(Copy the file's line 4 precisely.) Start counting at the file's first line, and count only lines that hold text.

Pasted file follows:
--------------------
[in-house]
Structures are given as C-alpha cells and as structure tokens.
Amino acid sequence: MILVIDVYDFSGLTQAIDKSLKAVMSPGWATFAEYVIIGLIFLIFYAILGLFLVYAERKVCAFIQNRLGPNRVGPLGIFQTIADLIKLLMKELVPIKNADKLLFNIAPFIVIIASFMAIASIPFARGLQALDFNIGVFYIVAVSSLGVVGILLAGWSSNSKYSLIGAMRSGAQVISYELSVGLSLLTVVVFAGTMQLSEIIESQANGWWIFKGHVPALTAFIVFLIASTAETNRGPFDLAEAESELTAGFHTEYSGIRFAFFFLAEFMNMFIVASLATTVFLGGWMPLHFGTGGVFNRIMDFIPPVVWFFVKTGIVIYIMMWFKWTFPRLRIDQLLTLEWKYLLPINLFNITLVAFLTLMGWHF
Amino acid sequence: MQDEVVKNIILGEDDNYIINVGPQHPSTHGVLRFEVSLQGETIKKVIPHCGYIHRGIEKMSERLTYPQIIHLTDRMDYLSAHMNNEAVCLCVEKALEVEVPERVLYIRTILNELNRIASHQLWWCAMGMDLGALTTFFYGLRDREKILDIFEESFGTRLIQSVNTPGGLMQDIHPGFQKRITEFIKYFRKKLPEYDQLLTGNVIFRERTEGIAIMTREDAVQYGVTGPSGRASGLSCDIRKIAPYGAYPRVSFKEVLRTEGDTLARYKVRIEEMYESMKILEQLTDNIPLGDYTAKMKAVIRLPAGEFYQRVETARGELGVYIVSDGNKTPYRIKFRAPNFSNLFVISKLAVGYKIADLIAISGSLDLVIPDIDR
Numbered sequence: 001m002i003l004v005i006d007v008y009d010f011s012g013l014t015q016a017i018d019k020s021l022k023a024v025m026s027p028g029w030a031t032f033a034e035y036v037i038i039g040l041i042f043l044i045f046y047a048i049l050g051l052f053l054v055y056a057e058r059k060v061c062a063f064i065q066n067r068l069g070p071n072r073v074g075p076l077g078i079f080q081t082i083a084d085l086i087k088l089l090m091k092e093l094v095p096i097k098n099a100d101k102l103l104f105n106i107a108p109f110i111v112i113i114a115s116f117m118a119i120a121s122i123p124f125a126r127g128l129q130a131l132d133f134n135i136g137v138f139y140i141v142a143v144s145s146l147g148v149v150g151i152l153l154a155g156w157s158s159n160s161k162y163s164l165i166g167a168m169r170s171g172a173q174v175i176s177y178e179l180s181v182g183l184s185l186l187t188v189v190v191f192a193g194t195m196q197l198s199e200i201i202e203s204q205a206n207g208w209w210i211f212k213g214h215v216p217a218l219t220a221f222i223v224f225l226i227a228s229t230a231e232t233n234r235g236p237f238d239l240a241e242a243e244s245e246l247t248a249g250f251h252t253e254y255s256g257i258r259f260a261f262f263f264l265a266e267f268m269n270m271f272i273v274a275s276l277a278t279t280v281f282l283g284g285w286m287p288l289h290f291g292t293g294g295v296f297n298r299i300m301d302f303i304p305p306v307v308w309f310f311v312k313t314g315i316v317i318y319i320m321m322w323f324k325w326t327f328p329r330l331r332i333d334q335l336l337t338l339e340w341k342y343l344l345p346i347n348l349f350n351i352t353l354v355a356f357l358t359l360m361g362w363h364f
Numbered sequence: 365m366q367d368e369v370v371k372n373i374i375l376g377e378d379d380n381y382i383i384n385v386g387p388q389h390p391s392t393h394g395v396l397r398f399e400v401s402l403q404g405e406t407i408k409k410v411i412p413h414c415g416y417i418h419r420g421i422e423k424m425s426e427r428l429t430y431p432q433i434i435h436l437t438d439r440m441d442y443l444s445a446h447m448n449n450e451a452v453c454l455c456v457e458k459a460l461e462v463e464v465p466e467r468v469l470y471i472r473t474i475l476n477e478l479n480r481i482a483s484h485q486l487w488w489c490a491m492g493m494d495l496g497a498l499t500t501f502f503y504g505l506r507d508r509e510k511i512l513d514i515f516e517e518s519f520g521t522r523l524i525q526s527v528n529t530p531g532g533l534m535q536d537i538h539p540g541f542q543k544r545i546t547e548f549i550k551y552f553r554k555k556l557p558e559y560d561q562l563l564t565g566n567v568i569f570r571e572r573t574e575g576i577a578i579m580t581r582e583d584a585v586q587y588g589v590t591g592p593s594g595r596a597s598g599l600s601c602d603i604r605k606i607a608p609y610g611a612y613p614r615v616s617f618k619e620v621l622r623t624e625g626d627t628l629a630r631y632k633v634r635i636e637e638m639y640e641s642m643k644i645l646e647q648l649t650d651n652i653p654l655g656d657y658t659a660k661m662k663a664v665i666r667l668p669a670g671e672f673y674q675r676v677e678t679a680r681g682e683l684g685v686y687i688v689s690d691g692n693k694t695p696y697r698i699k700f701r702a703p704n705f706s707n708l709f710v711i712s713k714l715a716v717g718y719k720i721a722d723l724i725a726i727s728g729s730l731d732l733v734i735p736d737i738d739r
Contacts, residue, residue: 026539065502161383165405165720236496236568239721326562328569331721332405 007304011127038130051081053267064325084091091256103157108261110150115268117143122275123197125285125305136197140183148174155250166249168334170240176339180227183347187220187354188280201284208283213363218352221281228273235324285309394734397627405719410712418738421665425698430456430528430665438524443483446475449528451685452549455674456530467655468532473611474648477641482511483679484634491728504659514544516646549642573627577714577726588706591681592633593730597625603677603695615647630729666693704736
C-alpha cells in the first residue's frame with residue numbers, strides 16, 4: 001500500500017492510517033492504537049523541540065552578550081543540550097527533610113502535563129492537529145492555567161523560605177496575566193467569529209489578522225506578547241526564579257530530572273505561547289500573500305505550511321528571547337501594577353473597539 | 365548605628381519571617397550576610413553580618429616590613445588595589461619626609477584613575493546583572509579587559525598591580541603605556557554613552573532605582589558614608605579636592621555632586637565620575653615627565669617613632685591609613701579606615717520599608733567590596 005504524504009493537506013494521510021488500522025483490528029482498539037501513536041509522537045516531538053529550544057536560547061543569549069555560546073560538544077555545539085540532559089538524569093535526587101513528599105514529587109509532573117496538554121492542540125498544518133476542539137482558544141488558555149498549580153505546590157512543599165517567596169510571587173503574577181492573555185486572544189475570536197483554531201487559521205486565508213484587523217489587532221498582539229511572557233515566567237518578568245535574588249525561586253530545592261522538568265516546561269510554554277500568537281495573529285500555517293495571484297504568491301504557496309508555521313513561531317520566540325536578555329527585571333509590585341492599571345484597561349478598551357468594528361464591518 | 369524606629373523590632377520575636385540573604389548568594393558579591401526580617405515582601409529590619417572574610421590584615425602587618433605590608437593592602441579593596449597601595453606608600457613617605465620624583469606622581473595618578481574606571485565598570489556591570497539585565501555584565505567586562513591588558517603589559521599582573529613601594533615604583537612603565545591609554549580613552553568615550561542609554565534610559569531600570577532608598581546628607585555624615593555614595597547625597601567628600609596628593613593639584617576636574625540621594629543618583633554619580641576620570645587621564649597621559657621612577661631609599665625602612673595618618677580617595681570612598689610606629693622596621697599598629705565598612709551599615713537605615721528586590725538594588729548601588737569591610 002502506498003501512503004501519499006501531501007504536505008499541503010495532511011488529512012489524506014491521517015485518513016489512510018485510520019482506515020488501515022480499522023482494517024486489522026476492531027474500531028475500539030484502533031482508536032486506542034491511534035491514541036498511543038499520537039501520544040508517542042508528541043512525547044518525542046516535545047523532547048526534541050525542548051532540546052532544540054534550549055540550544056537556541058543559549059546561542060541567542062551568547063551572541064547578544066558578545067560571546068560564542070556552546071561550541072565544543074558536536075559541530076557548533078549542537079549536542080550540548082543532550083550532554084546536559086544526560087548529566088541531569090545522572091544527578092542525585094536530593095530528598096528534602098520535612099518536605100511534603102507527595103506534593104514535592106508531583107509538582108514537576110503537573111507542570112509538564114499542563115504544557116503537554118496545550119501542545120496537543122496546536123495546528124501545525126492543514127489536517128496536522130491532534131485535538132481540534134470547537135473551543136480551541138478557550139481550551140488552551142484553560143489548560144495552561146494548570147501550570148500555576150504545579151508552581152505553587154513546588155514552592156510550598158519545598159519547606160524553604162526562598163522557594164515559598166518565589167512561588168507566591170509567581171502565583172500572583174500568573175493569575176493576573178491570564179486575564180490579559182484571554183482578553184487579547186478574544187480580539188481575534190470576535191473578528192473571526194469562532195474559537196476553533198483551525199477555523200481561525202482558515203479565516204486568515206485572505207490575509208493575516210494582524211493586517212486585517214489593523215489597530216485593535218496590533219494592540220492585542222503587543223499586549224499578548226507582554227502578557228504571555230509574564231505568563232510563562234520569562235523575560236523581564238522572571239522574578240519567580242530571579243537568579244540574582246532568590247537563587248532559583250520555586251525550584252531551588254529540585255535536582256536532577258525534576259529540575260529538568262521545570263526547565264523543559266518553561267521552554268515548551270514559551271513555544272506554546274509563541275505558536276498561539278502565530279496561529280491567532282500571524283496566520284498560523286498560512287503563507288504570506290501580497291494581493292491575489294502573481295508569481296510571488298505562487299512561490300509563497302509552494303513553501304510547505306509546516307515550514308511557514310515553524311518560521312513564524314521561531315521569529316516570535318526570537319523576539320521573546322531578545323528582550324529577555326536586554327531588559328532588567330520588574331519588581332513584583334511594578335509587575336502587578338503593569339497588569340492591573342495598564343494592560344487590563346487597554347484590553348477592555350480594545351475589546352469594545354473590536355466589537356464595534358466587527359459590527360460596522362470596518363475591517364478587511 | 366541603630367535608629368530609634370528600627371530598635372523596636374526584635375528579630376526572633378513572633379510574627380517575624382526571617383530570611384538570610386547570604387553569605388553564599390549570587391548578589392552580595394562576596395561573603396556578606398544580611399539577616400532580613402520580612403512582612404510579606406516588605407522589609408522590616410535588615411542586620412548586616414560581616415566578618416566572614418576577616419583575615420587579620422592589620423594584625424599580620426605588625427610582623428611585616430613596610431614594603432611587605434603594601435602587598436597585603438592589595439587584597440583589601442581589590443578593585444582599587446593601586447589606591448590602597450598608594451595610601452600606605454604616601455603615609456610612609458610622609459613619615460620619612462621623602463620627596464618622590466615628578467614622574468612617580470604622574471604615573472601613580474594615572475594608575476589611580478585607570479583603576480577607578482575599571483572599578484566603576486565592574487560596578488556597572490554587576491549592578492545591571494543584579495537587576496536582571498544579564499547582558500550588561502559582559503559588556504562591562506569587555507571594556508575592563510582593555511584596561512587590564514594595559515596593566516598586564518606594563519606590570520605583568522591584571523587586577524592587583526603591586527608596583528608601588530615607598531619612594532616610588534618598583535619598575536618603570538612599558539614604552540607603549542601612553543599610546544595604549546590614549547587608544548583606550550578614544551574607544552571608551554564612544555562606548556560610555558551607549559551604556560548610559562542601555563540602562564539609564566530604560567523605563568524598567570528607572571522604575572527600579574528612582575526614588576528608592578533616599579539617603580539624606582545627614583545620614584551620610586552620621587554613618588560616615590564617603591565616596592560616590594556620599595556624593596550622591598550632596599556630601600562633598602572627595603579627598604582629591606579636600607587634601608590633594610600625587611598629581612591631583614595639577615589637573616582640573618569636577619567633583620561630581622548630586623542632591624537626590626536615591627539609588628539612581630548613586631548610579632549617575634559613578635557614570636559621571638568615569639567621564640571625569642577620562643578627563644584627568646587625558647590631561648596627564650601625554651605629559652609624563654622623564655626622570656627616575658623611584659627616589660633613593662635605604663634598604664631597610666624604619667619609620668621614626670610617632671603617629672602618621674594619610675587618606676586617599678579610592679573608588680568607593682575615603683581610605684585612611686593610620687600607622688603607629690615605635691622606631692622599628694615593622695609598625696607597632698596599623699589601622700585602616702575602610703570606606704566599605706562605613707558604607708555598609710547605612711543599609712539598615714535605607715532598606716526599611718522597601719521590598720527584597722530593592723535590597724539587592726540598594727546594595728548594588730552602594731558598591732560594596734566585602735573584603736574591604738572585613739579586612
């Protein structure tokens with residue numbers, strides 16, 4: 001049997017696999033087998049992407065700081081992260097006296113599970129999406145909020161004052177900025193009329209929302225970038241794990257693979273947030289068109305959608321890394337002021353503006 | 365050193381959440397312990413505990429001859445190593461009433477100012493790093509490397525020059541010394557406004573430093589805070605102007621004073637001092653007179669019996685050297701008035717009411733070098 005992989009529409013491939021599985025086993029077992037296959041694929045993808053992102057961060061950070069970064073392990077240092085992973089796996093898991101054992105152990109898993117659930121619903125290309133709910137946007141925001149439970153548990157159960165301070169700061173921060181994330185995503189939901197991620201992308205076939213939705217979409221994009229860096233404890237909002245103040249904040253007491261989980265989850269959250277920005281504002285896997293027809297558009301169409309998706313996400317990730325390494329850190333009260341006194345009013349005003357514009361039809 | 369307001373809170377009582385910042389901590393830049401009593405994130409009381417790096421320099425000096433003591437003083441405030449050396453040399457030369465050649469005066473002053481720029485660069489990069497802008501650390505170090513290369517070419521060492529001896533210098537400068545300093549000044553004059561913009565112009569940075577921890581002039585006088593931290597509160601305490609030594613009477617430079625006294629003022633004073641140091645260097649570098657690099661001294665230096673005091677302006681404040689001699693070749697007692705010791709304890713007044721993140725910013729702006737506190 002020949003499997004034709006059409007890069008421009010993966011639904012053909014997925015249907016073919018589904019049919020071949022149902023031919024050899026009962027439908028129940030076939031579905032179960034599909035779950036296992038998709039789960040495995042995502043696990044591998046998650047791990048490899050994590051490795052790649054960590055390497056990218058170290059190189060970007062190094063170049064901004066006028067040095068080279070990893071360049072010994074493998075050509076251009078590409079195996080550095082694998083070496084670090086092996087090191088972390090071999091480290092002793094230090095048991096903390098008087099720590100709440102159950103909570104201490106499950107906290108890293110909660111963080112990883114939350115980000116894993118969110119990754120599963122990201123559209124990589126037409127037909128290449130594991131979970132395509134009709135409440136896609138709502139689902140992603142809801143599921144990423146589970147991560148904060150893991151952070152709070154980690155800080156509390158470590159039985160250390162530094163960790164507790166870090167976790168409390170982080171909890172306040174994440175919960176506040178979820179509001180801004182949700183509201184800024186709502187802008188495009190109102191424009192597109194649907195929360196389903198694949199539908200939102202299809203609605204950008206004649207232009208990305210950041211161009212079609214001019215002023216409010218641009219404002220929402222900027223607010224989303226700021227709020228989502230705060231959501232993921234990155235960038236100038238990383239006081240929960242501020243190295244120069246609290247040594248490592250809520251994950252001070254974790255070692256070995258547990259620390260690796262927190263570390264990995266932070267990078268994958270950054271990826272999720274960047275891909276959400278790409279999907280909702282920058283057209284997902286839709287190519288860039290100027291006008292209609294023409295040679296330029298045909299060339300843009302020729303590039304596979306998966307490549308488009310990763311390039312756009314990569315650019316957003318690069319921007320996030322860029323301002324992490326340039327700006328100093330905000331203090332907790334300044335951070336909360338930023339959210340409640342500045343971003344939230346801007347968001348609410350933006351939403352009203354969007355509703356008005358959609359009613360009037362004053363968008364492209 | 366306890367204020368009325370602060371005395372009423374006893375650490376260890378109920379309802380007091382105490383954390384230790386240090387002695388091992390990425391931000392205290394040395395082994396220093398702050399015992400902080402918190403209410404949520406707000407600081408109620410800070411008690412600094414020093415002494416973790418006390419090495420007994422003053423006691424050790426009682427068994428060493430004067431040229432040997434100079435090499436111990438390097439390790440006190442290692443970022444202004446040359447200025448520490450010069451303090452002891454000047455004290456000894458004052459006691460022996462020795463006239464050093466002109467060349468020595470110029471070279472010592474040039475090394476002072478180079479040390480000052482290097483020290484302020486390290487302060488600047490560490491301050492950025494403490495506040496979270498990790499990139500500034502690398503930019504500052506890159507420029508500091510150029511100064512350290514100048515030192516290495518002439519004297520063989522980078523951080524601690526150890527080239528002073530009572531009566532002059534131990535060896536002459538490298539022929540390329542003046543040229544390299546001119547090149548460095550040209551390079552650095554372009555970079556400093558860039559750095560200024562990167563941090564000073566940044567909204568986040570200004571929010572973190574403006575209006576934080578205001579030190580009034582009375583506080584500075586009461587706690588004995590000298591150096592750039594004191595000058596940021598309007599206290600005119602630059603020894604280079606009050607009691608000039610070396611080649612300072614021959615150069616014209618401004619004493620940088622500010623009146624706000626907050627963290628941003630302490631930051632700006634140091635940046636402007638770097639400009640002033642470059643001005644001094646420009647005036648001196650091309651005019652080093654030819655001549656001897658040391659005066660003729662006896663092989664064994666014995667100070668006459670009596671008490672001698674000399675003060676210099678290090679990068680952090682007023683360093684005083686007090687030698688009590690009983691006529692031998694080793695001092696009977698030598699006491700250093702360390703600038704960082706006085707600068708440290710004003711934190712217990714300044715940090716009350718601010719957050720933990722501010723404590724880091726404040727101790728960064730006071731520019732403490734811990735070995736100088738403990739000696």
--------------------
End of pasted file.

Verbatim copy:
Amino acid sequence: MQDEVVKNIILGEDDNYIINVGPQHPSTHGVLRFEVSLQGETIKKVIPHCGYIHRGIEKMSERLTYPQIIHLTDRMDYLSAHMNNEAVCLCVEKALEVEVPERVLYIRTILNELNRIASHQLWWCAMGMDLGALTTFFYGLRDREKILDIFEESFGTRLIQSVNTPGGLMQDIHPGFQKRITEFIKYFRKKLPEYDQLLTGNVIFRERTEGIAIMTREDAVQYGVTGPSGRASGLSCDIRKIAPYGAYPRVSFKEVLRTEGDTLARYKVRIEEMYESMKILEQLTDNIPLGDYTAKMKAVIRLPAGEFYQRVETARGELGVYIVSDGNKTPYRIKFRAPNFSNLFVISKLAVGYKIADLIAISGSLDLVIPDIDR